22/04/2019 at 16:54 #113051
If you will forgive me linking to my blog, I shared some thoughts about playtesting, the different ways to “test” your game and maybe avoiding some of the traps you can run into.22/04/2019 at 19:09 #113058Darkest Star GamesParticipant
Some good thoughts there sir. I am consistently amazed by the number of people that will raise their hands to playtest, then either never give any feedback or turn out to just have wanted an “early copy”…
"I saw this in a cartoon once, but I'm pretty sure I can do it..."22/04/2019 at 19:50 #113060
Yeah, that’s a risk as well.
A lot of people genuinely want to help, but realize that it’s a lot of time or they don’t realize that careful reading of a 100 page game is not something they actually have time for. On internet forums, most will be like that. Enthusiasm tends to crowd out realism 🙂
Hang on to the people who actually do provide the feedback and have something valuable to say.23/04/2019 at 04:43 #113087kyoteblueParticipant
Then there is me, who can’t seem to be able to read rules and play them, I need someone who knows the rules to teach them to me.23/04/2019 at 12:44 #113118Chris PringleParticipant
Wise words there, thanks, Ivan.
I playtest a lot of wargame scenarios for the BBB rules, and yes, the great majority of that gets done in-house with a fairly regular cast of a dozen or so players. A strength of the group, though, is that it has a range of talents. We have the cunning competitive tournament-minded players who will discover and exploit every loophole in your scenario and drive a corps through it; the history buffs who will let you know if the scenario is getting the shape of the battle wrong; the players who aren’t worried about winning and just want the game to tell a story; the ditherers; and the guys who don’t mind what happens so long as they get some death-or-glory charges in. If a scenario provides a good game for all of these different players, you’re doing OK.
Bloody Big BATTLES!23/04/2019 at 14:40 #113125
Yeah, a diverse group with every kind of gamer can be a real asset.
You want some guy who can power-game and find the loopholes as well as the peeps who can see the bigger picture.
Cheers!23/04/2019 at 15:24 #113133Tim SnoddyParticipant
Getting anyone to playtest I think is getting harder and harder. With so many great games out there and more arriving daily how can you convince anyone play testing a game system which will probably have flaws and ambiguous bits is a better way to spend limited game time than playing the system you know and love. I recently played Armies and Hordes mass battle fantasy rules from Ganesha games and I simply can’t believe anyone play tested it. There is so much good stuff there but the most critical parts of the rules are the most ambiguous. You can’t attack the same unit from multiple directions at once, eg front and flank which IMHO means it cannot be a serious attempt at representing mass battle warfare. I can see how mechanics are designed that getting onto the flank or rear of an enemy unit is very worthwhile and this may well be what the author envisaged. In reality though it is so difficult to achieve no one even tries. Best game winning tactic seems to be to stand in as big a clump as possible and let the opposition try to attack you. If the game was play tested I cannot for the life of me see how no one raised these sort of issues.24/04/2019 at 07:49 #113174Steve JohnsonParticipant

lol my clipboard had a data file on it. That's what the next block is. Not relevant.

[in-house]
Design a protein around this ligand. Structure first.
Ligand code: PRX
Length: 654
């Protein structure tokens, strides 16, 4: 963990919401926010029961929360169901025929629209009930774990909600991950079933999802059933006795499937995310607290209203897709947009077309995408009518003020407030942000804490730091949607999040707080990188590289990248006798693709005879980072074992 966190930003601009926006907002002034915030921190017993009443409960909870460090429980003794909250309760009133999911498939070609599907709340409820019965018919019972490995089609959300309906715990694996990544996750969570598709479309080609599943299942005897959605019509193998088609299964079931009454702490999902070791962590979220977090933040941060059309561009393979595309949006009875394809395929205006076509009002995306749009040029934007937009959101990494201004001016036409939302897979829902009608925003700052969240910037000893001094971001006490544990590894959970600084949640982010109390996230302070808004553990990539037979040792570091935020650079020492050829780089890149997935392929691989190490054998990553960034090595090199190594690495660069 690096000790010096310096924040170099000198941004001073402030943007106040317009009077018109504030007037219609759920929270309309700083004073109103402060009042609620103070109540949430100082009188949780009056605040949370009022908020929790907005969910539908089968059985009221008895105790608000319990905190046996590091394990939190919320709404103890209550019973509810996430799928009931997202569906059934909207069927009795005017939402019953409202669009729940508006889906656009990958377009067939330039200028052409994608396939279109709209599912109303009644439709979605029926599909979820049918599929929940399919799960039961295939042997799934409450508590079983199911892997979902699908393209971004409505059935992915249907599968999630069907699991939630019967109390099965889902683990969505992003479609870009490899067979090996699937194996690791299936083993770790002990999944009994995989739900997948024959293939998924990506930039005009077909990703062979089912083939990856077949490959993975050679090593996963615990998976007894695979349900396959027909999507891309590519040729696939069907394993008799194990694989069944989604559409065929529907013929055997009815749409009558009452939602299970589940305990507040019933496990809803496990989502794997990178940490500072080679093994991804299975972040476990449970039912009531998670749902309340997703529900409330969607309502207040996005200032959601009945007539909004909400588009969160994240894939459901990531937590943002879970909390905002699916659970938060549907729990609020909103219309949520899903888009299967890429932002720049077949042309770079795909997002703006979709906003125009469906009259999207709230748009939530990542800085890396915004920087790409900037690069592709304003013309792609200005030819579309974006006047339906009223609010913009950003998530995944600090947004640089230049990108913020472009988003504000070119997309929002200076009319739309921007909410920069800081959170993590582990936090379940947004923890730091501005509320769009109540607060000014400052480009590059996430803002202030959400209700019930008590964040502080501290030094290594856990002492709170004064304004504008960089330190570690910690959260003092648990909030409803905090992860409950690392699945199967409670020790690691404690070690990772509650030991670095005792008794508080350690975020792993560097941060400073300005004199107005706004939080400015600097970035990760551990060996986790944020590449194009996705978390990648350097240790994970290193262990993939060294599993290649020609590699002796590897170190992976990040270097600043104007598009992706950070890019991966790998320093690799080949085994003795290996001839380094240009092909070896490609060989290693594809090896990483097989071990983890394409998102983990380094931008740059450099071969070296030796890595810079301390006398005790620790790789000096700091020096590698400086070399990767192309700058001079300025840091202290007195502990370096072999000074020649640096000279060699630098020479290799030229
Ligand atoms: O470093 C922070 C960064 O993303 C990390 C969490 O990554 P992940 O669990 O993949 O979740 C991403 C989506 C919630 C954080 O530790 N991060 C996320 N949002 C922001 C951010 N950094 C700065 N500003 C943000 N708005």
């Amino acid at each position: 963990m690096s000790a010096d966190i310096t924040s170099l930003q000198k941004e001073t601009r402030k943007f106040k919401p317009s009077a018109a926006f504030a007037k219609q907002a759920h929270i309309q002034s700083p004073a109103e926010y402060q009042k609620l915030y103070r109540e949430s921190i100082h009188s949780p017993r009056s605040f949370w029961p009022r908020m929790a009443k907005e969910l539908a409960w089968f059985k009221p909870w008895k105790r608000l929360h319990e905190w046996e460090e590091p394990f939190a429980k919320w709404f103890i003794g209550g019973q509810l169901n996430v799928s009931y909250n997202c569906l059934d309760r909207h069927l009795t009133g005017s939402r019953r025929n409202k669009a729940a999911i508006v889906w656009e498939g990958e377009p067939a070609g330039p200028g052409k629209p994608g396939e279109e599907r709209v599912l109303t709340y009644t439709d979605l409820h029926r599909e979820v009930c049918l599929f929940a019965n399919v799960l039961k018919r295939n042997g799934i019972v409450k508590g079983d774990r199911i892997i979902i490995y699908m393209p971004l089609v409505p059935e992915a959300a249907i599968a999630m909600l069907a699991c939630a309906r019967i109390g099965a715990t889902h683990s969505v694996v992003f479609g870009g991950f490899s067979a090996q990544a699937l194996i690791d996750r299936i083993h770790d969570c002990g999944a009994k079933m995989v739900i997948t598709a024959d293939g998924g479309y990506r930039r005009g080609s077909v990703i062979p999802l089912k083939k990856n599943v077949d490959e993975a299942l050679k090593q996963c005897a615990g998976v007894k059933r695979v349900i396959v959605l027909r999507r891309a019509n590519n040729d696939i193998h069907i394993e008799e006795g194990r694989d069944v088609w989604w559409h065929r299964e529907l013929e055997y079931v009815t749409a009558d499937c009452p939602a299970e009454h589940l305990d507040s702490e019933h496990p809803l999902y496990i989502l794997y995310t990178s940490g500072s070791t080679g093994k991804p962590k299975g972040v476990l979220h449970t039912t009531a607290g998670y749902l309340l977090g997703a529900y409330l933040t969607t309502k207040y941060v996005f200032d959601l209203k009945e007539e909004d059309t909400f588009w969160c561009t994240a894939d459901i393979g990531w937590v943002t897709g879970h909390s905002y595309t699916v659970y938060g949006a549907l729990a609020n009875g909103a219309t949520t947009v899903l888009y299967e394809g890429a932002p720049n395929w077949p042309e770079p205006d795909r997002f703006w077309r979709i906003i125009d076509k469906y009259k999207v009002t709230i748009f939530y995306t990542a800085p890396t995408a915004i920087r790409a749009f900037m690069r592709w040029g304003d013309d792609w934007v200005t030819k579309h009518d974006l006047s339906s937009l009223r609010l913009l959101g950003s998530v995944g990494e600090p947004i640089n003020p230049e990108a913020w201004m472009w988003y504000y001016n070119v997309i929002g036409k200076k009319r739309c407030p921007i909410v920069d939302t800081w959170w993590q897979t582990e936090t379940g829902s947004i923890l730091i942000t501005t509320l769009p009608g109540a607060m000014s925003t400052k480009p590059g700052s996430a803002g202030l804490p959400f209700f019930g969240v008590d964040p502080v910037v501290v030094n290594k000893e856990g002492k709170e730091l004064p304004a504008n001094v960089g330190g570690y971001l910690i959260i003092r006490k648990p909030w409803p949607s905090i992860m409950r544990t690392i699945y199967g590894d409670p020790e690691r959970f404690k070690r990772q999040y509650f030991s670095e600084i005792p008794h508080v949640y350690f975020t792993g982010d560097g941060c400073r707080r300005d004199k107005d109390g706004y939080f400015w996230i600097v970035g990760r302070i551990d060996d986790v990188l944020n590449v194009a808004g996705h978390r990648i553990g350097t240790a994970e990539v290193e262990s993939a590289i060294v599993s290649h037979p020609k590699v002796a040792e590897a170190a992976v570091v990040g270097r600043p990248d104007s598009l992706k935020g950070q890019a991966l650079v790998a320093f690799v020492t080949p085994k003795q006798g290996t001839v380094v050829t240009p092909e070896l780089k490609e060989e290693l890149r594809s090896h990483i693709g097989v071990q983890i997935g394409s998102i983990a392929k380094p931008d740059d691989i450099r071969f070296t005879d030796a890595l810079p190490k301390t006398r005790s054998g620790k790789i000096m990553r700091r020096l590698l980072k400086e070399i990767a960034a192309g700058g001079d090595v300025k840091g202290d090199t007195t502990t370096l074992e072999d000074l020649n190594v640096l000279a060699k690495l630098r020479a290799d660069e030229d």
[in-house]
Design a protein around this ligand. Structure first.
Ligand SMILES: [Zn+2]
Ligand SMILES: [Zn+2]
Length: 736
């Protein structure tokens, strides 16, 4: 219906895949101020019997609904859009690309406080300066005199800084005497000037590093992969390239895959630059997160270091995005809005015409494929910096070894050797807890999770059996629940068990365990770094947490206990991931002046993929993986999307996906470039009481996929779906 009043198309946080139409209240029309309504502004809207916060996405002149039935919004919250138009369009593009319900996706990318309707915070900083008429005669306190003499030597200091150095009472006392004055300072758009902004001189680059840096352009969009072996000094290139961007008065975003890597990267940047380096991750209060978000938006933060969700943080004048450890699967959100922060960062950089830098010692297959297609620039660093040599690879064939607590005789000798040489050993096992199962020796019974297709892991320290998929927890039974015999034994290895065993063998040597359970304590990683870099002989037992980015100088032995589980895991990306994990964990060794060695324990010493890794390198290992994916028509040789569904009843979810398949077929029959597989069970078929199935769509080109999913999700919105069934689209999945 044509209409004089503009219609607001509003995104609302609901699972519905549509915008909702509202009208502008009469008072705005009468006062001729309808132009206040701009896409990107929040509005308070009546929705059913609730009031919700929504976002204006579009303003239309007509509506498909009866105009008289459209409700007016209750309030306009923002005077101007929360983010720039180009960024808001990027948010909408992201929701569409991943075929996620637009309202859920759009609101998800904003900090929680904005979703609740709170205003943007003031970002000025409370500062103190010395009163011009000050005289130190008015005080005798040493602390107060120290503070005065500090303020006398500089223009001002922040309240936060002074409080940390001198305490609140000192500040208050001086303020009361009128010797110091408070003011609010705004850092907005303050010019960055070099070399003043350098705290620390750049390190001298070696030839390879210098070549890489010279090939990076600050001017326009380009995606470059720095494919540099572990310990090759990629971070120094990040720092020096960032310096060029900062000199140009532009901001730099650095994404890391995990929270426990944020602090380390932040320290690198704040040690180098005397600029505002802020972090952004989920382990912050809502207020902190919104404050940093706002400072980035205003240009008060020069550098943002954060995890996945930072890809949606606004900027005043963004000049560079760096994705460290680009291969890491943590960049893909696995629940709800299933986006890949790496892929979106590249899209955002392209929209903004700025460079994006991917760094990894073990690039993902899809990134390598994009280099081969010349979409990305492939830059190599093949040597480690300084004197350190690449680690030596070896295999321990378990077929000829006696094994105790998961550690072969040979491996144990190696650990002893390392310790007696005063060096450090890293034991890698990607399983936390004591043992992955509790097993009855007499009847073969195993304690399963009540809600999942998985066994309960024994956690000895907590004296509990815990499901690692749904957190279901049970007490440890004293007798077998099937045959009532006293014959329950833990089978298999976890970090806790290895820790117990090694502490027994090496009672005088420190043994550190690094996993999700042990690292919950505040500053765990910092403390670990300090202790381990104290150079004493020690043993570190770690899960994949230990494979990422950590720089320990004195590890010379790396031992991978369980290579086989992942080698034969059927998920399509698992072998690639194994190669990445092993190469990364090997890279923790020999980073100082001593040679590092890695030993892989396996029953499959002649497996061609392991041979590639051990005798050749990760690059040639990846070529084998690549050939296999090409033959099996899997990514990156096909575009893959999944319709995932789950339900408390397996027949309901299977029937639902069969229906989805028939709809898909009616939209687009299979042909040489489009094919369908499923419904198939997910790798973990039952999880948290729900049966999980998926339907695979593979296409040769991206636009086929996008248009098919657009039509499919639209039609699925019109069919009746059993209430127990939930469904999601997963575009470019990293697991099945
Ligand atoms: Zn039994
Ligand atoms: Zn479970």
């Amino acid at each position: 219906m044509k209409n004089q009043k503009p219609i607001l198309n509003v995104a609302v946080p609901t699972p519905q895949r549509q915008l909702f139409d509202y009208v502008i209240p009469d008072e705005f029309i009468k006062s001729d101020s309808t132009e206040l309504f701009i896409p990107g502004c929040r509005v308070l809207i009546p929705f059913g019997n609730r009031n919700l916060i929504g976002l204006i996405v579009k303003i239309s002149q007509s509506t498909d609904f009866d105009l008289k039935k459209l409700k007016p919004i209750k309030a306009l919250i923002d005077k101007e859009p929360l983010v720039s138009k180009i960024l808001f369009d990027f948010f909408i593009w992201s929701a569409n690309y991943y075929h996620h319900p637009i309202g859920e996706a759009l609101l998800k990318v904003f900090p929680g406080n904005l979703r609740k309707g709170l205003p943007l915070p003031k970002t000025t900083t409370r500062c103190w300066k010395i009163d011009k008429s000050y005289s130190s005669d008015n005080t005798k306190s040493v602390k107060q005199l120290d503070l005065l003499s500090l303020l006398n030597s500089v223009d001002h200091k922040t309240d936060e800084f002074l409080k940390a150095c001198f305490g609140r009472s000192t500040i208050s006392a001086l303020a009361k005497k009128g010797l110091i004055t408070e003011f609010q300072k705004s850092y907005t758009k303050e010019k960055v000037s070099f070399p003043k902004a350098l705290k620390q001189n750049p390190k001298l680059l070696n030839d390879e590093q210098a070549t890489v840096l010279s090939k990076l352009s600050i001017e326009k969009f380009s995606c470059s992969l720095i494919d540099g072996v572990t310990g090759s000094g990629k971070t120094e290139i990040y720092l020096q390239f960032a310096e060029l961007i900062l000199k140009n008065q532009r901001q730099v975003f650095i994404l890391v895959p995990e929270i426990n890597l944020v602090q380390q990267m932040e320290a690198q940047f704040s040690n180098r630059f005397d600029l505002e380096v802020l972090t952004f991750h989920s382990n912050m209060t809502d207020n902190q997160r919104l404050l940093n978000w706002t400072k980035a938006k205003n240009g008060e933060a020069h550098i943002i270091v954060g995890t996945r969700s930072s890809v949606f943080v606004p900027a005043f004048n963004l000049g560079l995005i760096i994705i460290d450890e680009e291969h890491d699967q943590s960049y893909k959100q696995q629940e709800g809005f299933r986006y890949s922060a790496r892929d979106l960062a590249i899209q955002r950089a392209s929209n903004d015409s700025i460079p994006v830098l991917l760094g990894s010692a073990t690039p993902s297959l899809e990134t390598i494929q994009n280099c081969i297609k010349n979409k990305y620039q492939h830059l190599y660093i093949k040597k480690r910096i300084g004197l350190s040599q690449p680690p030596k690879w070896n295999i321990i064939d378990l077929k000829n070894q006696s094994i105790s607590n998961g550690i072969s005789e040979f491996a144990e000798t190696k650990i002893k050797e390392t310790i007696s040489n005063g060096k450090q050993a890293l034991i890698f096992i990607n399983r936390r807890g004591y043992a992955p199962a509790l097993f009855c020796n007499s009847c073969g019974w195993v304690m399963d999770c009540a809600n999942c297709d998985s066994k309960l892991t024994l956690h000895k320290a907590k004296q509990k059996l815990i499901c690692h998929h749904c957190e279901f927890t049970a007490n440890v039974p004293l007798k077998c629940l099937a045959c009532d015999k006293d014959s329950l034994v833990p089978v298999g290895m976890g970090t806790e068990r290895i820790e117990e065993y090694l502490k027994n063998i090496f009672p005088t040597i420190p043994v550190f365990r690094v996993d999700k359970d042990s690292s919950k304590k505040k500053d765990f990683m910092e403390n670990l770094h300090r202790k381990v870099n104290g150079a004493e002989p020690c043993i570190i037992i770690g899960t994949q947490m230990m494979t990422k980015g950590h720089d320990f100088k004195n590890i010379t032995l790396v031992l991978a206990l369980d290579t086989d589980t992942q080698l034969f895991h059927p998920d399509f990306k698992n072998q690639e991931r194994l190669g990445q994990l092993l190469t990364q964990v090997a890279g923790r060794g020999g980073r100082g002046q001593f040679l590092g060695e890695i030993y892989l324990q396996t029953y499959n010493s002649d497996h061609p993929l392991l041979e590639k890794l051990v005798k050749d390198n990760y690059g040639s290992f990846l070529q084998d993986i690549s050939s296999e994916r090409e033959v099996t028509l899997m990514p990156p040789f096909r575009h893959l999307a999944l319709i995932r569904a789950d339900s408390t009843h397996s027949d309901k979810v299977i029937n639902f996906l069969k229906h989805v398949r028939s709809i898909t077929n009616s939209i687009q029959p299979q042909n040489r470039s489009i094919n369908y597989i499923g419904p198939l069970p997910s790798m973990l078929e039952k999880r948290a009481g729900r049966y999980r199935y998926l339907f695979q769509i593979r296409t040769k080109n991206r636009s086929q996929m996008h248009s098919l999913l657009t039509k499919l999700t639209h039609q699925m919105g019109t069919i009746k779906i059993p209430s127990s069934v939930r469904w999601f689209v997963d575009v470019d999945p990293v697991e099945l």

I’ve play tested and given feedback on several Osprey titles as well as BKCIII & IV. One thing I’ve learned is that quite often your (and others) feedback is not always taken on board for a variety of reasons. This can also happen with proof reading. One ruleset failed to correct several glaring errors prior to publication, despite many playtesters/proof readers warning them about said errors. Sadly the printed rules then had to go down the errata route.24/04/2019 at 15:43 #113220
Thank you for your hard work 🙂
Yeah, there’s definitely another step to the process once you have the feedback.
I can’t (and won’t) speculate on a specific competitors product of course, but I know it’s easy to get “hung up” on a favourite mechanic.
I’ve had a few instances where something I really thought was cool turned out to be really unpopular with testers, and I had to cut or change it. That sucked, but you have to trust that the game will be the better for it.19/09/2019 at 18:08 #122761JavierParticipant
My experience is that if they like your rules, they play them and sometimes give useful feedback. But if they don’t like them, they do not say a word. It’s like they were afraid of saying negative things about it.
I usually receive silence as feedback 🙁09/09/2021 at 22:40 #161584Stephen HolmesParticipant
The blind playtest is indeed the gold standard.
How many here remember the club days, when we used “Bob’s Rules”, which worked really well.
Except those three weeks when Bob was on holiday, when nobody could find any of the important rules clauses.21/09/2021 at 18:07 #162115vtsaogamesParticipant
I used to playtest for SPI back in the day. I like playtesting but my small group isn’t up for it. They feel we already do enough different games. As a result, I tend to proof read instead. Sigh. Yeah, blind testing, the gold standard.
One more for testing your own rules: if you can’t remember a rule (that you designed) for several games, it’s time for that rule to hit the trash.
I once played a board game I did for Operation Crusader. One game convinced me it was a disaster. I junked the whole thing.
It's never too late to have a happy childhood22/09/2021 at 10:04 #162147ThuseldParticipant
I used to play test for the community made Star Wars Miniatures sets, created after the game ended. It was fun, but it involved playing a lot of games and I eventually ran out of time to do it.
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